Less than five words had been spoken between the women.  Their language was the embroidery, their presence compassion.  These two women perceived Laurie’s vulnerability and offered support in the form of simply sitting with her.  Sometimes the most important evidence of faith is not what we say but merely our presence. 

 

The compassion of presence is a teaching found in all religions and spiritualities.  It might be a simple “How are you?” and then staying to hear the response.  It might be the sharing of an activity, something quite common and humdrum but necessary.  How did your living yesterday show compassion?  What can you do today to live compassion?

Use Your Words

Use Your Words

Pentecost 169

 

The Voice is an American television program that is classified as a reality show, one of the few that actually is aired in real time about real people with real results all based upon…a voice.  The premise is simple: What truly counts for a singer is their voice.  Hundreds of local and regional judges hear contestants at local levels and the competitors go through an elimination process until almost one hundred make it to the show’s airing of auditions.   The field of hopefuls is narrowed down to a group of twenty-four who ultimately take part in the team and individual competitions.  The final four compete in the two-part grand finale, having spent months going through this process with the four industry-seasoned judges who act as role model and mentors.  Eventually a winner is chosen and receives a recording contract and a great amount of visibility.

 

 

We all have a voice if we are lucky enough to live in a nation that allows us to vote.  Even those living in a dictatorship, however, usually have an opportunity to exercise their voice.  Often we use our voice to ask questions.  Parents may very well be the only group of people that ask questions to which they are positive they already know the answer.  “Who broke my favorite vase?”  “Who ate all the cookies?”  “Who ate my bedroom slipper?”  “Who left the light on?”  Having been a parent, I’ve asked my fair share of such questions and, occasionally, I was surprised with the actual answer.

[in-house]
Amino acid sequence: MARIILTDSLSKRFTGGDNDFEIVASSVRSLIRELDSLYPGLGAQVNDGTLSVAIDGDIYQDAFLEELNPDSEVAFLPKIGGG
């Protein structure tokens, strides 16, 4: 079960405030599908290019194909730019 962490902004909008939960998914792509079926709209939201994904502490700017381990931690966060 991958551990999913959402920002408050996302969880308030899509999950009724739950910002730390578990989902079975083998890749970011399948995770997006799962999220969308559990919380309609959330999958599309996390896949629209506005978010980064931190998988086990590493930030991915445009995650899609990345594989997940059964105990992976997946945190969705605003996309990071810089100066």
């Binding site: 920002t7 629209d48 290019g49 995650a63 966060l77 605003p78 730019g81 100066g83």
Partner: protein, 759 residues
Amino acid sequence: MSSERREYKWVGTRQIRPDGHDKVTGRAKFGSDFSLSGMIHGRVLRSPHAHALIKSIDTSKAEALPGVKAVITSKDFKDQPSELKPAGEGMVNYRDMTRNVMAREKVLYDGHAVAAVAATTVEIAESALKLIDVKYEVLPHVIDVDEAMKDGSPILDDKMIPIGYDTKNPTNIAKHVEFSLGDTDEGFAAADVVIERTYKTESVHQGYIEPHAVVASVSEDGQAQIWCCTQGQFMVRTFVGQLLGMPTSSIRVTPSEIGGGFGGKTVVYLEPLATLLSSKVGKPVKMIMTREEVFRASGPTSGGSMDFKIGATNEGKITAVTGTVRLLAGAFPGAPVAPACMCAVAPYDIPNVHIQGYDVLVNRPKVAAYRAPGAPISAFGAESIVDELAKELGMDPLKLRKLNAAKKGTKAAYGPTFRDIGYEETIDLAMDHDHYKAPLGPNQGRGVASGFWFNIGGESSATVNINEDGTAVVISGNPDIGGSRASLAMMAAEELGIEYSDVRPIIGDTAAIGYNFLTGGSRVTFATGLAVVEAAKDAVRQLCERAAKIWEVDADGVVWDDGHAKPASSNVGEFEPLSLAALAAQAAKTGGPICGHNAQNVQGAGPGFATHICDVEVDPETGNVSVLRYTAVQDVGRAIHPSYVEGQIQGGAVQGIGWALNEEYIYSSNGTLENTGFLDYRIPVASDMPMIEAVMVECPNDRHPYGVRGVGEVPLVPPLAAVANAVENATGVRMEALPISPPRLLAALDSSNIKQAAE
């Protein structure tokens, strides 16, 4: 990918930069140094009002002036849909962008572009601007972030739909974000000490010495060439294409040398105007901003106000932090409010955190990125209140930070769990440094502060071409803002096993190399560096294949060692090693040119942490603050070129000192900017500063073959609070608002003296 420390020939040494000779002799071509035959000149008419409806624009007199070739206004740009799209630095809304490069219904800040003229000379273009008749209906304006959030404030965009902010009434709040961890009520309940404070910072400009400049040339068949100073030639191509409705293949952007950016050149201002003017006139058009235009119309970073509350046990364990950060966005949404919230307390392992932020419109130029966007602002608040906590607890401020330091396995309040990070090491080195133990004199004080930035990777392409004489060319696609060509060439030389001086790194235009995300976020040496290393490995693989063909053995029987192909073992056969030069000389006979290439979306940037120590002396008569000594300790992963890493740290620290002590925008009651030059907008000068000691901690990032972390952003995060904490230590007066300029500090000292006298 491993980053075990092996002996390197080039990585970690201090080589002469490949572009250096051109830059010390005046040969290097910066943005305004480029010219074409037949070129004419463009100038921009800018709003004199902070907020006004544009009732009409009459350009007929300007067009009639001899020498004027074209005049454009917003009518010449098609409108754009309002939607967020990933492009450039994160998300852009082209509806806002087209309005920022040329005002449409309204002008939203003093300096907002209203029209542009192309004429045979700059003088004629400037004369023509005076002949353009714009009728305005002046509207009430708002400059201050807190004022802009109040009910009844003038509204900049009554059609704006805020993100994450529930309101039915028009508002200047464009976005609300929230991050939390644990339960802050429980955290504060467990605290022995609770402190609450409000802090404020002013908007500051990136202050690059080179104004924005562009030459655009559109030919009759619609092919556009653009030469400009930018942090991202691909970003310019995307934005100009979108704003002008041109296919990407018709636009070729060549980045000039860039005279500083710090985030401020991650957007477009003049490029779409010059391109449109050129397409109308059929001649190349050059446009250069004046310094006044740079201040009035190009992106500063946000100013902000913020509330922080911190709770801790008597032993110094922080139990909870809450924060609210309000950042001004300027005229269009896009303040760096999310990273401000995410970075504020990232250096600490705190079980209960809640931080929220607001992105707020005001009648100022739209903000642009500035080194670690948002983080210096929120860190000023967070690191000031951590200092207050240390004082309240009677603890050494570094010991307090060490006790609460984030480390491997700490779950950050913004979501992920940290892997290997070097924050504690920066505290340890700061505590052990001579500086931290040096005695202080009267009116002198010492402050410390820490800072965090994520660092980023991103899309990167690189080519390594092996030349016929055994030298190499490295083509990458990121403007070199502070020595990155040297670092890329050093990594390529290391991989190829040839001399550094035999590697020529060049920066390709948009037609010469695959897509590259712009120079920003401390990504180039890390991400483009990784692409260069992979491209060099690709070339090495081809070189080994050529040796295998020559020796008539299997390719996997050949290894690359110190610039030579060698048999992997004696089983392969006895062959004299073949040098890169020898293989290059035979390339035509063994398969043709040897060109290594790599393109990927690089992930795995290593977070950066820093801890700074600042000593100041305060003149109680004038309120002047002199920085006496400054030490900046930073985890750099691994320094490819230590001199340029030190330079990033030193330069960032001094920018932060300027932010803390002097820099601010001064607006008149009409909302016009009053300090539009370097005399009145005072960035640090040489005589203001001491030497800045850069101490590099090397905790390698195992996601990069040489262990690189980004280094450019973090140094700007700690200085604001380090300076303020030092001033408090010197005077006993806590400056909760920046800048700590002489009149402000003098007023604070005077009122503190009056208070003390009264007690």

The fact is that we seldom ask questions to which we are positive we know the answer.  When parents ask questions like those above, they seldom are really listening to any answer they received.  They have already decided the answer and are asking for dramatic effect before issuing the punishment or consequence.

 

The Voice contestants originally sing facing the backs of the judges.  There is no eye contact, no swaying with clothing or hair styles.  The only “it factor” is the voice of a hopeful.  It is a wonderful analogy for prayer.  We stand, sit, walk, or kneel before that which we can feel but not see.  Our only talent is our faith, evidenced by the voice through which we pray.  It is not perfect not does it need to be.  It just needs faith.  Somebody to love us while we climb life’s mountains…Prayer is our stage on which we garner attention and guidance.  When we lift our voices, we pray.  In prayer, there are no losers.

 

How should we use our voice when we are promoting a cause?  We know what we want to say and many times, no questions are allowed. V We want to face those to whom we are speaking and dislike interruptions.  Yesterday the President of the United States gave a speech and was interrupted by someone wanting to promote the opponent.  The audience booed the man but was quickly admonished by the President.  Instead of thanking the crowd, the President encouraged the crowd to show respect to the heckler.  He used his words to illustrate true leadership and humanity.

 

We encourage small children to “use your words” instead of throwing temper tantrums but it is advice we as adults should also consider.  True maturity and leadership is illustrated when we use our words for causes which should be promoted.  Arrogance and ego are not worth the effort; neither is disruptive antagonism towards someone based upon their culture, race, religion or socioeconomic status. 

 

The voice is a beautiful thing when used properly.  You can make someone’s day extraordinary by sharing a compliment.  Let the tacky speech remain silent.  Use your words to make someone’s day better.  You’ll discover that the gift is returned tenfold.